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All Star Lanes Mtg Oct 1 & LA Times Article

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  • asncalert
    From: gusto99@juno.com To: nelalist@yahoogroups.com MEETING ON PROPOSAL TO DEVELOP ALL STAR LANES BOWLING ALLEY SITE -- Tuesday, October 1, 2002 7:30 p.m.
    Message 1 of 1 , Sep 28, 2002
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      From: gusto99@...
      To: nelalist@yahoogroups.com

      MEETING ON PROPOSAL TO
      DEVELOP ALL STAR LANES BOWLING ALLEY SITE --

      Tuesday, October 1, 2002
      7:30 p.m.
      Eagle Rock Community Cultural Center
      2225 Colorado Boulevard in Eagle Rock

      Extra Space Storage proposes to demolish the All Star Lanes bowling
      alleyand apartment building at 4459 and 4465 Eagle Rock Boulevard
      here in EagleRock and build in their place a storage facility.
      TERA has invited representatives of the architectural firm and the
      companyto present their plan to the community so that community
      members can make aninformed decision regarding this proposal. The
      owner of the property has also been invited. The TERA Board has not
      thus far taken a position regarding this proposal.

      Anyone interested in this proposal is welcomed and strongly
      encouraged to attend:



      Parking is available on the street and at Bank of America.
      Refreshments
      will be served. TERA asks each attendee to contribute $2 to help
      cover our costs. All monies go to the Cultural Center. Thank you.
      Why does ALL STAR LANES have to be to demolished for storage area
      when there are tons of storage areas in LA, there is a glut in the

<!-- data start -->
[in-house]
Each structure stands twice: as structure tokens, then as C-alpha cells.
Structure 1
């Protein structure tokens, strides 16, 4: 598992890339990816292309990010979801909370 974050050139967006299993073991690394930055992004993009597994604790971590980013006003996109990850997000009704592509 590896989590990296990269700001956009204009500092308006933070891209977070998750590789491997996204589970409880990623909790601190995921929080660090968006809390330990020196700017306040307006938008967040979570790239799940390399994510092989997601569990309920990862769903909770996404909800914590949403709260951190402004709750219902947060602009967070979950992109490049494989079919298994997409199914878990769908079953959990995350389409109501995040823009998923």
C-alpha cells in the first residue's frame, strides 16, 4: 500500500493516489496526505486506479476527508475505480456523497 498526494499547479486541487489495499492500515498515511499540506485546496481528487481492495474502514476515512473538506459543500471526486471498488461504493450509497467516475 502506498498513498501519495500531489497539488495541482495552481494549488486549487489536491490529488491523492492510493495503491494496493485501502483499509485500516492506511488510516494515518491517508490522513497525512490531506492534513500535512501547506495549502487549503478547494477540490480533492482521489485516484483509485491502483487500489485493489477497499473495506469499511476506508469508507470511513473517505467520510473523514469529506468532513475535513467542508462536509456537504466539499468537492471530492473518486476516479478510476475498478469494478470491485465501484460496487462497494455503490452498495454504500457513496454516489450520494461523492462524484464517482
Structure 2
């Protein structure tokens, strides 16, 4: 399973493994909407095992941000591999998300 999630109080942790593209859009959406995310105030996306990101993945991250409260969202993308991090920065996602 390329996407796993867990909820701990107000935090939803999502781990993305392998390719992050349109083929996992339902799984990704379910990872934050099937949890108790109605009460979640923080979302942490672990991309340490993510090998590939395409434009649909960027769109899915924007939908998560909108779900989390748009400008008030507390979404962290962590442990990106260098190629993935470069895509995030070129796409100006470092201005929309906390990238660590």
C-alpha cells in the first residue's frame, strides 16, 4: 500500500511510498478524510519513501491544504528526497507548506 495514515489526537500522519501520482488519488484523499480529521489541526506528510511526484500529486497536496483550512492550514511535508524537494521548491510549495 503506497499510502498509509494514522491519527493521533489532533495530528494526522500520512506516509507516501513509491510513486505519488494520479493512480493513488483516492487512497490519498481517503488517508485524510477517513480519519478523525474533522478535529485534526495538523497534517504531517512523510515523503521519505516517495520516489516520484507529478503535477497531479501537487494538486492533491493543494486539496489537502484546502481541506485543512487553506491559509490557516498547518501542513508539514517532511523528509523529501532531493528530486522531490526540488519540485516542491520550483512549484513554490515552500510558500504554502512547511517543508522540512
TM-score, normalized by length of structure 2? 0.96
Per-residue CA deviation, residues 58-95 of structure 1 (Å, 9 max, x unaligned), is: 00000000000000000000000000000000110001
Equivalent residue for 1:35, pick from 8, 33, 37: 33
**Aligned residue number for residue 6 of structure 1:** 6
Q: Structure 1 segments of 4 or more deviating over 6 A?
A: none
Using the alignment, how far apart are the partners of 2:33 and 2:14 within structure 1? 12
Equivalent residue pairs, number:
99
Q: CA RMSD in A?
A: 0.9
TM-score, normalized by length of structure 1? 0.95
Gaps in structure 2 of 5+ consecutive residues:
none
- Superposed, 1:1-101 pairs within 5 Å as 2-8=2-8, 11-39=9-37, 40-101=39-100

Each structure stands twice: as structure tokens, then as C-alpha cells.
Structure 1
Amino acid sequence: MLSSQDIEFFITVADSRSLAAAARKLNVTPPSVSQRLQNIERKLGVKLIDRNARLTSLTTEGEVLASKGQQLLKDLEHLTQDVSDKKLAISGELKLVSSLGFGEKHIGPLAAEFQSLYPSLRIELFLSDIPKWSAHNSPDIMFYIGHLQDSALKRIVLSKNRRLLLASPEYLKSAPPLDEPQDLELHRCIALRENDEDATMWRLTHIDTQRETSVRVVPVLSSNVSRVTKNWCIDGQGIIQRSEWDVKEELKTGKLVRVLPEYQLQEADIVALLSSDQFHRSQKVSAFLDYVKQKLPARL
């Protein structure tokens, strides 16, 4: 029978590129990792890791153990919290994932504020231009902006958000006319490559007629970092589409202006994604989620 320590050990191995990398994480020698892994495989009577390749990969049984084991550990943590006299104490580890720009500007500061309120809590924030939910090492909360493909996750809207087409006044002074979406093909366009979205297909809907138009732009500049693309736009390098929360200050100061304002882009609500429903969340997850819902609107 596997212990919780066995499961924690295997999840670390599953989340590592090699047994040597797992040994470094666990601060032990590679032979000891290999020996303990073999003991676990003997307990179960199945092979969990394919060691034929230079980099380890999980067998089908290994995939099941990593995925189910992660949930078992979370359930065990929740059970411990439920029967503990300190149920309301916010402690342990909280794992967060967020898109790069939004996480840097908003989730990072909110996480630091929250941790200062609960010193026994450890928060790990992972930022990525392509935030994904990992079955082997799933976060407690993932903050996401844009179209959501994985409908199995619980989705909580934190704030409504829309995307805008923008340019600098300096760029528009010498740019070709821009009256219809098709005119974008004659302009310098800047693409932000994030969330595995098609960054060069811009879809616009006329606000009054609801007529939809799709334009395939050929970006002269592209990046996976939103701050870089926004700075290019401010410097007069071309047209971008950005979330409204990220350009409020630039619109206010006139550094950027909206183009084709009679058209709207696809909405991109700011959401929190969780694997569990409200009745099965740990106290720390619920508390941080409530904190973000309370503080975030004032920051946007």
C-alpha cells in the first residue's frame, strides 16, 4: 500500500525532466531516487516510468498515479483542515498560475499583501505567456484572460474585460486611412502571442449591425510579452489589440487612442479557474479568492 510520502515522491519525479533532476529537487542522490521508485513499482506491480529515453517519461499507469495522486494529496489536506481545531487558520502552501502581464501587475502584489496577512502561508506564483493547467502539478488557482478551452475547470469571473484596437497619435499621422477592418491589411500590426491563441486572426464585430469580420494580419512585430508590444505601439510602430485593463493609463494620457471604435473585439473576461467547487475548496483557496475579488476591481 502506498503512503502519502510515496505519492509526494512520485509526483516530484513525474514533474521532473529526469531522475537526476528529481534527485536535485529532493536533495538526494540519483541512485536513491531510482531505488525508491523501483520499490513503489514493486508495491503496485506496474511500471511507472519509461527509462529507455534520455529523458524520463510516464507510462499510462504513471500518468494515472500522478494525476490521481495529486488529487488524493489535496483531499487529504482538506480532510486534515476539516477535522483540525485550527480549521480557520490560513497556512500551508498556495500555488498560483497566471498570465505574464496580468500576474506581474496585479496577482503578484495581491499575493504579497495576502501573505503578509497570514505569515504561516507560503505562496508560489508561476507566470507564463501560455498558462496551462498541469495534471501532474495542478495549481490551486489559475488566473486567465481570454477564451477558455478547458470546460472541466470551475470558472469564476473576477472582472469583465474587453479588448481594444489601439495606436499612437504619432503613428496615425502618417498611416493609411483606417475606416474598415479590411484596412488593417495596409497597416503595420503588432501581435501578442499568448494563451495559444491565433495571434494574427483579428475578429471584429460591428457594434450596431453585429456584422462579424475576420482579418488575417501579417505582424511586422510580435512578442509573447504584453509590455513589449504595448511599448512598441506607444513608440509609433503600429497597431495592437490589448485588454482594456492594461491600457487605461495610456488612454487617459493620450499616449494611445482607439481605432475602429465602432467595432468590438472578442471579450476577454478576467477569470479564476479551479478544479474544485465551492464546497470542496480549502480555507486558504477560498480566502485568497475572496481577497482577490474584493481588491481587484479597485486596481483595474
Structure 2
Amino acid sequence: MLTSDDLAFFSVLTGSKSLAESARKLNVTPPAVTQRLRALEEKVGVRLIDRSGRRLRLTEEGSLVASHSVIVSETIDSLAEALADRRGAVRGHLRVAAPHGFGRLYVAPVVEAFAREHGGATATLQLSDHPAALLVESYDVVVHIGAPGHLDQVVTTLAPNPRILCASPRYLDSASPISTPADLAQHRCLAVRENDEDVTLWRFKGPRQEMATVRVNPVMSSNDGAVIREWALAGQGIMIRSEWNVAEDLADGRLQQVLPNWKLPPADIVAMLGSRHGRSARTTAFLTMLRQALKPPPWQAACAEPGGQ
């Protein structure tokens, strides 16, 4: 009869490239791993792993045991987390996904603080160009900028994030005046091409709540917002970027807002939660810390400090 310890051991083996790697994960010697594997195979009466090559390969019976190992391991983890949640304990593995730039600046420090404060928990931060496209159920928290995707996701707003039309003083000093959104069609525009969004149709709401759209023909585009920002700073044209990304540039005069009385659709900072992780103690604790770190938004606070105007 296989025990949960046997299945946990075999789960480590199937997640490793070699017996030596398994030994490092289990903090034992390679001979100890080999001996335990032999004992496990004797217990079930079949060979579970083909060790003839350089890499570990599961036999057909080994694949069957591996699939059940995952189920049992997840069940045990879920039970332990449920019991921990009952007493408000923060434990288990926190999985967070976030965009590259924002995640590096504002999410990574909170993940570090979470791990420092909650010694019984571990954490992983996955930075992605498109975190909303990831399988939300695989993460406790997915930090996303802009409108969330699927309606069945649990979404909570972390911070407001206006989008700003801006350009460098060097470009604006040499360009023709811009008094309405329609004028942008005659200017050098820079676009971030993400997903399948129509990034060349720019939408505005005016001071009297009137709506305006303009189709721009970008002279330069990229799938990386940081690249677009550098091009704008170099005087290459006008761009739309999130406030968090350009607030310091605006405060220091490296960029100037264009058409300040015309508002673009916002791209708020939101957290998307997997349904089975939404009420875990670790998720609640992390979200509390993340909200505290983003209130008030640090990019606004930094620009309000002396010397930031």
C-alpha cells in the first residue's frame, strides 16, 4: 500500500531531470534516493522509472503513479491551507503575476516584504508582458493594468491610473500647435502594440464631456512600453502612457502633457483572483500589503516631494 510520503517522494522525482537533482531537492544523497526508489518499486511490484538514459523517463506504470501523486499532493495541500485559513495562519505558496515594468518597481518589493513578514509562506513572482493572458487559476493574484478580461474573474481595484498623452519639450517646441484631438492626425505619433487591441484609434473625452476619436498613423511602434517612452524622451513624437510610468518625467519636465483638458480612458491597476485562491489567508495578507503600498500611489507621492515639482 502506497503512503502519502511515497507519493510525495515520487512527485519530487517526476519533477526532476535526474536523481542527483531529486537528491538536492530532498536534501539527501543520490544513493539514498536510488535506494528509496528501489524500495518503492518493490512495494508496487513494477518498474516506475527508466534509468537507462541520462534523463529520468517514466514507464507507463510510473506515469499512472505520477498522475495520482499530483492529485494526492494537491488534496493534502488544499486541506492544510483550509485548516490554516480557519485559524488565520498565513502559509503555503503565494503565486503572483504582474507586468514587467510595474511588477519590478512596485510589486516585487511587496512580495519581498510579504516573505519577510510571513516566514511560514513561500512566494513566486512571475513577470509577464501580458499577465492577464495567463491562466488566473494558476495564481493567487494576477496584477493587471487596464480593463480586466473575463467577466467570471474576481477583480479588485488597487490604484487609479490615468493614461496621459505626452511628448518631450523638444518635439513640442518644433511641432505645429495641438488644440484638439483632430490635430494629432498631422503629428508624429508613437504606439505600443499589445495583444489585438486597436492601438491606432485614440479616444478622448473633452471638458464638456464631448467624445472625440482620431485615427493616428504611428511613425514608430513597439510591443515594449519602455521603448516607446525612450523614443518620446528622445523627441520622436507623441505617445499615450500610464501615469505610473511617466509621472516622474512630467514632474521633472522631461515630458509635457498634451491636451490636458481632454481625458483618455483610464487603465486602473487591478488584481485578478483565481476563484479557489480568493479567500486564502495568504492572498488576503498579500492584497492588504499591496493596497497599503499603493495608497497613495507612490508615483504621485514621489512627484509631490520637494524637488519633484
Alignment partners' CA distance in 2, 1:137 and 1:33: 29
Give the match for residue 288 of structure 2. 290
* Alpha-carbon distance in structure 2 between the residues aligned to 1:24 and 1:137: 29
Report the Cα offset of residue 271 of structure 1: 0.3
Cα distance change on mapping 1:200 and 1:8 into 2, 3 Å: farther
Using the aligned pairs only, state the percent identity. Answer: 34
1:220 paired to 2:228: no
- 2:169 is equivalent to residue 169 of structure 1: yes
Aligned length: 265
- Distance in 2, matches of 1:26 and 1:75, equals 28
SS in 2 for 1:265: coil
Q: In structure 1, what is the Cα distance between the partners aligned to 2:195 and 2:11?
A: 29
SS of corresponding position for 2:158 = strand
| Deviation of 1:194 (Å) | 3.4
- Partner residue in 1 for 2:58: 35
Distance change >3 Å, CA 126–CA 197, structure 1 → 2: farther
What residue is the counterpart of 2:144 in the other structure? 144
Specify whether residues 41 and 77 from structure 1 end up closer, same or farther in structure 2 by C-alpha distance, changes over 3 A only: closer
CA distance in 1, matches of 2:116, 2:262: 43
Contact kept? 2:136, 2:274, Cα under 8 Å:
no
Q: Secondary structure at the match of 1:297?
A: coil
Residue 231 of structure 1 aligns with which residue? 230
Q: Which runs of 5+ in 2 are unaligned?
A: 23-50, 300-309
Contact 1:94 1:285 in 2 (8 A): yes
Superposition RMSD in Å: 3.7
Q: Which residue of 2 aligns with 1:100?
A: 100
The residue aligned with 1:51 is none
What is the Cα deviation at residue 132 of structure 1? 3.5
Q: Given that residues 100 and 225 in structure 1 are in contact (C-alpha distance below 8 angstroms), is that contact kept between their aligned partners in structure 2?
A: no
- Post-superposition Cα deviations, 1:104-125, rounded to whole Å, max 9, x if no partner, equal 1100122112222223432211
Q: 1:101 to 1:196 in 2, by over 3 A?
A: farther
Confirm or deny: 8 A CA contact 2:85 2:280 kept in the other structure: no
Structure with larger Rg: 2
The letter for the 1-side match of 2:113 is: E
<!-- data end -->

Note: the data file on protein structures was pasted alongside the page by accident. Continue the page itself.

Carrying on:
market.!!!!! check the LA times article below...
      -G
      --------------------

      Storage Niche Overpacked Competition has forced some operators to
      trim rates. And now demand may be dropping.


      By JESUS SANCHEZ, TIMES STAFF WRITER
      2002 la times


      People stick all kinds of junk into self-storage centers. Now, many
      centers are becoming junk themselves.

      In an example straight out of Economics 101, supply is now
      outstripping demand in the self-storage industry, dragging down a
      business that once seemed practically recession-proof.

      In a humbling setback, Glendale-based Public Storage Inc. was forced
      earlier this year to roll back its prices after a sharp increase in
      2001 prompted customers to store their stuff in cheaper facilities
      being built by an ever-growing number of rivals.

      "Our timing was not very good," acknowledged Harvey Lenkin, president
      of Public Storage, the industry leader with about 1,500 locations
      nationwide. "We began to be impacted by our competitors offering
      incoming specials and discounts."

      Across the country, the number of storage facilities has shot up by
      more than 60% in the last decade to 35,176 properties, according to
      MiniCo Inc.'s Self-Storage Almanac. Officials at the publication said
      they had no figures for California specifically, but industry
      executives say the pace of growth in the state has been equally
      swift. There are about 6,000 storage centers statewide, with more
      than half of them in Southern California.

      Certain spots in Southern California are especially overbuilt.
      Construction of self- storage centers has surged in such places as
      north Orange County, the San Fernando Valley and the Inland Empire.
      And since storage centers draw from a fairly small geographic area,
      it doesn't take much to throw a market out of whack.

      In La Habra, for instance, the managers of a Shurgard Storage Inc.
      center must compete with a new A-1 Self Storage center, while a new